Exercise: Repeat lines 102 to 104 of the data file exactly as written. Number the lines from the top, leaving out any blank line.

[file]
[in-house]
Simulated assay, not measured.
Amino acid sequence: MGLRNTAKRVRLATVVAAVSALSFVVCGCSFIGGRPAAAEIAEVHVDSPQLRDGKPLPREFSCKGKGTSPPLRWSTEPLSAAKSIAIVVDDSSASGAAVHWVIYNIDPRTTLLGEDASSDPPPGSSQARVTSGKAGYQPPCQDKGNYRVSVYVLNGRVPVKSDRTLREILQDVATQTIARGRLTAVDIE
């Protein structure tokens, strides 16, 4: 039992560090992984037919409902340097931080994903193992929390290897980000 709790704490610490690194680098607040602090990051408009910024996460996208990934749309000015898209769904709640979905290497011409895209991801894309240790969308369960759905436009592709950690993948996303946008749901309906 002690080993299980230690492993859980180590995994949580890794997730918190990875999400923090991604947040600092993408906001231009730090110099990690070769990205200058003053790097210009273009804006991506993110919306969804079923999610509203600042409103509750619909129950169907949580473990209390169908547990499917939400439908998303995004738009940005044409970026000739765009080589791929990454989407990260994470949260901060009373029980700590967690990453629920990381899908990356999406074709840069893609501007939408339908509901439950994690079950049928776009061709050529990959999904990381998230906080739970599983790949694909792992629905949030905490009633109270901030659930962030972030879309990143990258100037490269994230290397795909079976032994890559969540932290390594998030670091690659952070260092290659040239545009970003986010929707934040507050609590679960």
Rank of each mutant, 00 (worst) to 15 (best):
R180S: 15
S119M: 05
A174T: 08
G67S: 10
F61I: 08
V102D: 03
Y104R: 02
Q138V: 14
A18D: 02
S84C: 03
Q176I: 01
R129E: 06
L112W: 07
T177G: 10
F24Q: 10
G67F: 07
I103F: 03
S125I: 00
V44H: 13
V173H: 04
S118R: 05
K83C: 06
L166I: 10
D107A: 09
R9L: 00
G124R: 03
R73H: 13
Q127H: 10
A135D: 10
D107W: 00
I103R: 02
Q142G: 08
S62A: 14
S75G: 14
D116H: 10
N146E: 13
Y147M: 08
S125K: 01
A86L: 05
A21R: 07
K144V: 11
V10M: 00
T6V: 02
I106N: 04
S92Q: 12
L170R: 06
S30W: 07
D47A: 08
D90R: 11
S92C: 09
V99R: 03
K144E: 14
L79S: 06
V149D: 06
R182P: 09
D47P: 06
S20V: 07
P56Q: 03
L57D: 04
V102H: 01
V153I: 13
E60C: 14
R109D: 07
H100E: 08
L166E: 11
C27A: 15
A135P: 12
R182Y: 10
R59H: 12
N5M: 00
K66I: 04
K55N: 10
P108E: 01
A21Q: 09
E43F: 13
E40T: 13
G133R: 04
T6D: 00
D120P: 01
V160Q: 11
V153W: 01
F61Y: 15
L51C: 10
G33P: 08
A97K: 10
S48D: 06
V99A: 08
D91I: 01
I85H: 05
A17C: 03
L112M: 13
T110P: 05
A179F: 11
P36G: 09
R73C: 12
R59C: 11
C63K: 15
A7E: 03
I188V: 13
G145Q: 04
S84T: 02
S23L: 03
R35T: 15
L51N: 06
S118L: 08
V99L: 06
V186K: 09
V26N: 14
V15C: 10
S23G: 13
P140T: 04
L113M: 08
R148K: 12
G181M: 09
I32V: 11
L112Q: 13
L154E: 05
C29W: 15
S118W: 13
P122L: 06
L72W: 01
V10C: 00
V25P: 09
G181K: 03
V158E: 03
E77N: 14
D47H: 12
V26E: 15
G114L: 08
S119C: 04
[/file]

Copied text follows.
C63K: 15
A7E: 03
I188V: 13